HR and IT need to partner to fix the broken employee experience.
By Donna Kimmel
When it comes to attracting and retaining talent, employee experience is one of the most critical elements of success. Around the world, the gap between the number of jobs available and the people available to fill them is the largest it has ever been. And competition is stiff. To get the talent they want and need to power and move their businesses forward, companies need to create an environment that inspires people to do great work.
Move out of the way, AI. It’s time for organizations to turn their focus on another—perhaps more impactful—intelligence: emotional intelligence.
By Marcus Mossberger
The idea of artificial intelligence (AI) has captivated the industry for the last few years, and it seems as though 2018 really saw an explosion of the utilitarian use of the technology at work. And while there is still apprehension about the impact AI will have on jobs, most organizations have acknowledged that they need to incorporate it into their long-term technology strategy. At the same time, another trend seems to be gaining momentum, albeit to less media attention and prognostication: the burgeoning importance of emotional intelligence (EI) in the workplace.
Organizations are faced with a precarious worldwide economic environment and tight labor market in the first quarter of 2019.
By Larry Basinait
Coming off a strong year in 2018 where unemployment continued to fall in many countries, global growth in the first quarter of 2019 declined. The International Monetary Fund cut its outlook for global growth to 3.3 percent this year, the lowest since the financial crisis of 2009. A range of threats are menacing the global economy, including the possible collapse of negotiations between the U.S. and China to end their trade war and the departure of Britain from the European Union without a transition agreement.
By D. Zachary Misko
I don’t know about you, but I shop quite a bit on Amazon. I love the fact that I can do it anytime, often get lower prices, and check out what other buyers have to say about an item I am interested in. The ratings and customer reviews can be helpful, especially if it’s something I haven’t purchased before and am less familiar with it. A few times, it has actually made me change brands to a better-rated or cheaper product. Of course, the five-star rating system isn’t unique to Amazon. We’ve become familiar with it and see it often: when choosing a restaurant, booking a hotel, and even when selecting a movie for Friday night. Consumer Reports also gives us an opportunity to review those big purchases before committing to a product. The platform helps us assess the best brand to meet our needs and makes the shopping experience easier by highlighting the top choices, saving time, and ensuring a good long-term outcome.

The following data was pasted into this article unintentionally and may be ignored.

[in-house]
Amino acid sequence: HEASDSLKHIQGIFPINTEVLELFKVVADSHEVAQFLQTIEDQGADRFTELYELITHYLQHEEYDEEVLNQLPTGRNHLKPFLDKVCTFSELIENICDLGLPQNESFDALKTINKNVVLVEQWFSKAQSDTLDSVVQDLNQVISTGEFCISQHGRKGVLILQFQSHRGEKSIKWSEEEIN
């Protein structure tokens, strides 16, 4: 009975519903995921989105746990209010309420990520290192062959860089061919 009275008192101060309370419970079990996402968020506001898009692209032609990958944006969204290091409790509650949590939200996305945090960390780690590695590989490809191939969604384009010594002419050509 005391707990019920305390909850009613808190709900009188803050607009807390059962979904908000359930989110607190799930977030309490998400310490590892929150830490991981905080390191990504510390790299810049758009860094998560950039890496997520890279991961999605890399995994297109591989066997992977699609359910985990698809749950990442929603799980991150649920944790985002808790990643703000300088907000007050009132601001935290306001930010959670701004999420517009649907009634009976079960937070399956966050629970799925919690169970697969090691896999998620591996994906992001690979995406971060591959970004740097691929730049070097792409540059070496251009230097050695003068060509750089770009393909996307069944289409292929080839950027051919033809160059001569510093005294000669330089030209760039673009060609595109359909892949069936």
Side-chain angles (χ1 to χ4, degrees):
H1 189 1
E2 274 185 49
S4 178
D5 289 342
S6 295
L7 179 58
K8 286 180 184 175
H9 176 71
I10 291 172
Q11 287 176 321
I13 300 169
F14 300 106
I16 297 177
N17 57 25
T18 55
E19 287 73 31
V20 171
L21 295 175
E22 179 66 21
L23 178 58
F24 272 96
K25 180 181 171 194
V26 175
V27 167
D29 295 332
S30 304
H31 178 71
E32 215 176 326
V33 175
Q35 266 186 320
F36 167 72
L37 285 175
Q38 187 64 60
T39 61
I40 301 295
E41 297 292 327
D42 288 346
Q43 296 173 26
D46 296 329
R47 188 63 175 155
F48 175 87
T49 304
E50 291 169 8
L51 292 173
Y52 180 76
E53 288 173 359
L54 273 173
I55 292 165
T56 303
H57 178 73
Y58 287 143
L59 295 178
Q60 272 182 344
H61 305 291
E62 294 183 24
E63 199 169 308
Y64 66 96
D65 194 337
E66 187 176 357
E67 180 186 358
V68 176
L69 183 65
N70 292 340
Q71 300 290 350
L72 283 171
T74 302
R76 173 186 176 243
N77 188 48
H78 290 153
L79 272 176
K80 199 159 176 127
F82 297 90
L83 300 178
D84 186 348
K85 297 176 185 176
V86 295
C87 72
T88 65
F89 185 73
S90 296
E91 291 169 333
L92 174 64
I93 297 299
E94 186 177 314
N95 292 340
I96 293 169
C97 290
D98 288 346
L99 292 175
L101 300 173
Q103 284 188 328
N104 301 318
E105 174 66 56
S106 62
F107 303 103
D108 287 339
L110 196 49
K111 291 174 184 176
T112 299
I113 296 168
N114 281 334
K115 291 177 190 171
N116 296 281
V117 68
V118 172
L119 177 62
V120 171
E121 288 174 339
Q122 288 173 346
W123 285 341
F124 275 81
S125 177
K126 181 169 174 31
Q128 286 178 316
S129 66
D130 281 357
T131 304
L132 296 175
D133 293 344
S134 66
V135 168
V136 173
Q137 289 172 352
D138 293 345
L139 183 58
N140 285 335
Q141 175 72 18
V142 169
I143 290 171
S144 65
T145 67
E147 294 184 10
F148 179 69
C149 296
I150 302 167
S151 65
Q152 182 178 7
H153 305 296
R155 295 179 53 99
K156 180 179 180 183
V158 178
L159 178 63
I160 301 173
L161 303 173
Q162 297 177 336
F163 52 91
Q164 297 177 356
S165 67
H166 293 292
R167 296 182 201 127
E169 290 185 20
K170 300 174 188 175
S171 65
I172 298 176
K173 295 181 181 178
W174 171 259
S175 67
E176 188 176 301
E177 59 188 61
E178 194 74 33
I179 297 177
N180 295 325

The HRO Today Association recognizes the value of this type of data. Information like customer satisfaction data; crowd-sourced opinions; expert evaluations; and third-party, merit-based designations or awards can be useful in saving consumers time, energy, and frustration, resulting in a positive experience.
By Elliot H. Clark
I live in Philadelphia and I remember the media hullabaloo about the compensation paid to the baseball star Bryce Harper to join the local team. As one grave-faced sportscaster put it, “Well, there is a market value to talent—this franchise just got the bill.” I decided two things right at that moment: First was to never take market economics lessons from a guy who reads game scores for a living, and second was to see if the research team at HRO Today could figure out what drives the salaries for top executives in human resources. You will find the summary report in our upcoming second annual CHRO Today special edition (published with October), but I thought I would give you a few highlights.
We pulled the publicly available data on the Fortune 500 and found the CHRO compensation data on 88 senior-level HR executives from those companies. With a sample size of nearly 18 percent, we felt we had enough data to do a very valid market analysis. We split the market into the Fortune 50, the Fortune 100, Fortune 200, and Fortune 500 bands. We also looked at correlations to salary, total cash compensation, and total non-cash compensation (stock options and grants).
By Debbie Bolla
In the last few years, it has become very clear that recognition has become an important tool in the HR arsenal to recruit, engage, and retain employees. It has the power to inspire the workforce to go above and beyond for their organizations, increasing productivity and the bottom line alike.
To get a current pulse on the market, IRF’s new study, 2019 Voice of the Market: The Use of Non-Cash Rewards & Recognition, looks at what is top priority when designing, implementing, and executing recognition programs. The research finds that variety is key in order to accommodate a spectrum of worker preferences. Some of the most common rewards include:
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